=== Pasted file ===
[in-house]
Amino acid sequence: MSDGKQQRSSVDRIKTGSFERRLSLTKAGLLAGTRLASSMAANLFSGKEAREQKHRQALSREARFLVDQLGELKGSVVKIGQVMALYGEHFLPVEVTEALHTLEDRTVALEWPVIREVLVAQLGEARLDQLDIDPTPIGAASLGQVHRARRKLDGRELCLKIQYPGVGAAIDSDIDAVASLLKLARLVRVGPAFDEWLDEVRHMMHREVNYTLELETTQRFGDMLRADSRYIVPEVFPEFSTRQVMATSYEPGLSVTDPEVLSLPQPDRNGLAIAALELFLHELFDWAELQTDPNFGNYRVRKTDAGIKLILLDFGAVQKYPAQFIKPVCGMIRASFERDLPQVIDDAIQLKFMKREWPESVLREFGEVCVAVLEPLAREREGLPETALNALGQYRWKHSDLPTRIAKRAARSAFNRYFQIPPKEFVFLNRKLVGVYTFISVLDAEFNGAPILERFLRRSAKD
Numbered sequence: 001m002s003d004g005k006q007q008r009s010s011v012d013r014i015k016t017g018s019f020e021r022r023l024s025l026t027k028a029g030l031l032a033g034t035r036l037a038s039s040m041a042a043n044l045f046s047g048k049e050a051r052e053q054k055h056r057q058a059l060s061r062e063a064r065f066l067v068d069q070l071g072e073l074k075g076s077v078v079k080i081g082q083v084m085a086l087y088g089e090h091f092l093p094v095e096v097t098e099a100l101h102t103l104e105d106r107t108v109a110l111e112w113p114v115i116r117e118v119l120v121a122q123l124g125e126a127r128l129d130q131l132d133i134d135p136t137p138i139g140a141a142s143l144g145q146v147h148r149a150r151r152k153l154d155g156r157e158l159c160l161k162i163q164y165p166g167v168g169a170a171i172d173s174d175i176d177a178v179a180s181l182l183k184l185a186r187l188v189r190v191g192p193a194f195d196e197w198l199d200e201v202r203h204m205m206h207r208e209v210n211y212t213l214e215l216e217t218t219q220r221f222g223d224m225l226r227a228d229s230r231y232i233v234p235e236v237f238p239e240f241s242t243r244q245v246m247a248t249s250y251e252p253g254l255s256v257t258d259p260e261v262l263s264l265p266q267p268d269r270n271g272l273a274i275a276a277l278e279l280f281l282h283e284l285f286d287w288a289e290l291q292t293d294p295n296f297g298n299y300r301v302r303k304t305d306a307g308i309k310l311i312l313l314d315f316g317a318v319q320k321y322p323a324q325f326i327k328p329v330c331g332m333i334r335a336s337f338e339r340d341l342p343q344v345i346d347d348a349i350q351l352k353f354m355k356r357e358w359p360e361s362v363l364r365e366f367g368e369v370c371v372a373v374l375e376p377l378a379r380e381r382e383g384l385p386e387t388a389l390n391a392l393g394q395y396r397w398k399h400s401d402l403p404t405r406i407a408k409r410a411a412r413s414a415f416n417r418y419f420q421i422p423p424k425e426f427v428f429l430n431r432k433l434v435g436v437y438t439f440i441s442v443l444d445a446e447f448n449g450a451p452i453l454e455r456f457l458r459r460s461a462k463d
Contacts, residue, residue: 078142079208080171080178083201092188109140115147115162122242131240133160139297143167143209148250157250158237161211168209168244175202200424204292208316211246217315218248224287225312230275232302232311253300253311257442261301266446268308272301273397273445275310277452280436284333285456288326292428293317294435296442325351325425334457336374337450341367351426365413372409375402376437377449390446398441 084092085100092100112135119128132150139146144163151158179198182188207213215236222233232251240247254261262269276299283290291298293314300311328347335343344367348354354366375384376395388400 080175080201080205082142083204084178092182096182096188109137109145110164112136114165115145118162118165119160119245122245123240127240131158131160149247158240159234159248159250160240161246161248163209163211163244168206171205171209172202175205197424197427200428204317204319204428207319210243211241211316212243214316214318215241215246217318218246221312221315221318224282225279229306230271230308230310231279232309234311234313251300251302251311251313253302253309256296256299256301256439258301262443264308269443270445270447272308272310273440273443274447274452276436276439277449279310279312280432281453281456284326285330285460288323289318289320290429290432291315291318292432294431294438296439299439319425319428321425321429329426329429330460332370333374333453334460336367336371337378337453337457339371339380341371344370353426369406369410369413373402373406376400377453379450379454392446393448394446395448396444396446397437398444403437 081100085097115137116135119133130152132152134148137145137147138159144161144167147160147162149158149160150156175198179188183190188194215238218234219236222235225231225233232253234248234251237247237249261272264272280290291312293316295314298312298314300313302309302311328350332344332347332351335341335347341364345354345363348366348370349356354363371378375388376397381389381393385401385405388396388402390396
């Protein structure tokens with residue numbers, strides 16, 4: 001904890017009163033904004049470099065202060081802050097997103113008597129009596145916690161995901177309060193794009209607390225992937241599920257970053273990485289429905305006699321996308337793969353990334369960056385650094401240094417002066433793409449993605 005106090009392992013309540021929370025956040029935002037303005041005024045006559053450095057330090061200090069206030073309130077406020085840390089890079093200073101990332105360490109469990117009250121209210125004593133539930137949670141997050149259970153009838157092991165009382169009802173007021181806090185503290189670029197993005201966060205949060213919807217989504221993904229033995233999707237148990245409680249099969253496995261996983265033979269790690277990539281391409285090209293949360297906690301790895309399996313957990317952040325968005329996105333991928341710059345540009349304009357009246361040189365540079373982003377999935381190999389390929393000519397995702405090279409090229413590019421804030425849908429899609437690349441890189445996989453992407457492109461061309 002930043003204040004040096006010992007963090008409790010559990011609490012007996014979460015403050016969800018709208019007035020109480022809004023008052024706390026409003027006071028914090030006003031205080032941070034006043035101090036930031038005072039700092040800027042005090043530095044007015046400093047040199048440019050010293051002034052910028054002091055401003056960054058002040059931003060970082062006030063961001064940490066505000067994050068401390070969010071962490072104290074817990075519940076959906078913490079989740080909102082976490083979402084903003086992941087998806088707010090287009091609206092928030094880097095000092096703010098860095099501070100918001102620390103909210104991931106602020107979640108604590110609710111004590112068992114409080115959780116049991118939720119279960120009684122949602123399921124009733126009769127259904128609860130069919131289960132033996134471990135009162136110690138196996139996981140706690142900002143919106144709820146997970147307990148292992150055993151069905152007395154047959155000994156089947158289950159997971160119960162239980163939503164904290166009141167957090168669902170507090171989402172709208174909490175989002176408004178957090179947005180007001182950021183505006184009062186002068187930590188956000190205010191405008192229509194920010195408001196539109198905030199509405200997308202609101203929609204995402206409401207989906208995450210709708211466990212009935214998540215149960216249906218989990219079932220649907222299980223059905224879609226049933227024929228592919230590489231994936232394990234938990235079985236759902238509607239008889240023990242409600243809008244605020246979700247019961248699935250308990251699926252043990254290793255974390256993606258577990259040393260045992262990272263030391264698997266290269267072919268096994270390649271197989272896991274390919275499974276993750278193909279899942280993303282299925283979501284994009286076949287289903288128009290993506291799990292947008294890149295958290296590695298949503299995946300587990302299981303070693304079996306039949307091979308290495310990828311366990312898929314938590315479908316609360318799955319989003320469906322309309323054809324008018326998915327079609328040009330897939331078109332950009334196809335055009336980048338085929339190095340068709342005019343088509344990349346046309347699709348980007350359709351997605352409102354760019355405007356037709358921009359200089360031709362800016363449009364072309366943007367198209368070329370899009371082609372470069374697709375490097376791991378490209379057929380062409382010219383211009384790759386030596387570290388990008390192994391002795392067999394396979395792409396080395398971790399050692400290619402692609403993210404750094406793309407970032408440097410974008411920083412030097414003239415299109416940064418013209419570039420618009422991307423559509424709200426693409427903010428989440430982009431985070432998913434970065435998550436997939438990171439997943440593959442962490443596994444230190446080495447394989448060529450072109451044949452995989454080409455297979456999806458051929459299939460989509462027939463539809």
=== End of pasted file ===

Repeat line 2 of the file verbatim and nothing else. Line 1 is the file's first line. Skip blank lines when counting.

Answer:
Amino acid sequence: MSDGKQQRSSVDRIKTGSFERRLSLTKAGLLAGTRLASSMAANLFSGKEAREQKHRQALSREARFLVDQLGELKGSVVKIGQVMALYGEHFLPVEVTEALHTLEDRTVALEWPVIREVLVAQLGEARLDQLDIDPTPIGAASLGQVHRARRKLDGRELCLKIQYPGVGAAIDSDIDAVASLLKLARLVRVGPAFDEWLDEVRHMMHREVNYTLELETTQRFGDMLRADSRYIVPEVFPEFSTRQVMATSYEPGLSVTDPEVLSLPQPDRNGLAIAALELFLHELFDWAELQTDPNFGNYRVRKTDAGIKLILLDFGAVQKYPAQFIKPVCGMIRASFERDLPQVIDDAIQLKFMKREWPESVLREFGEVCVAVLEPLAREREGLPETALNALGQYRWKHSDLPTRIAKRAARSAFNRYFQIPPKEFVFLNRKLVGVYTFISVLDAEFNGAPILERFLRRSAKD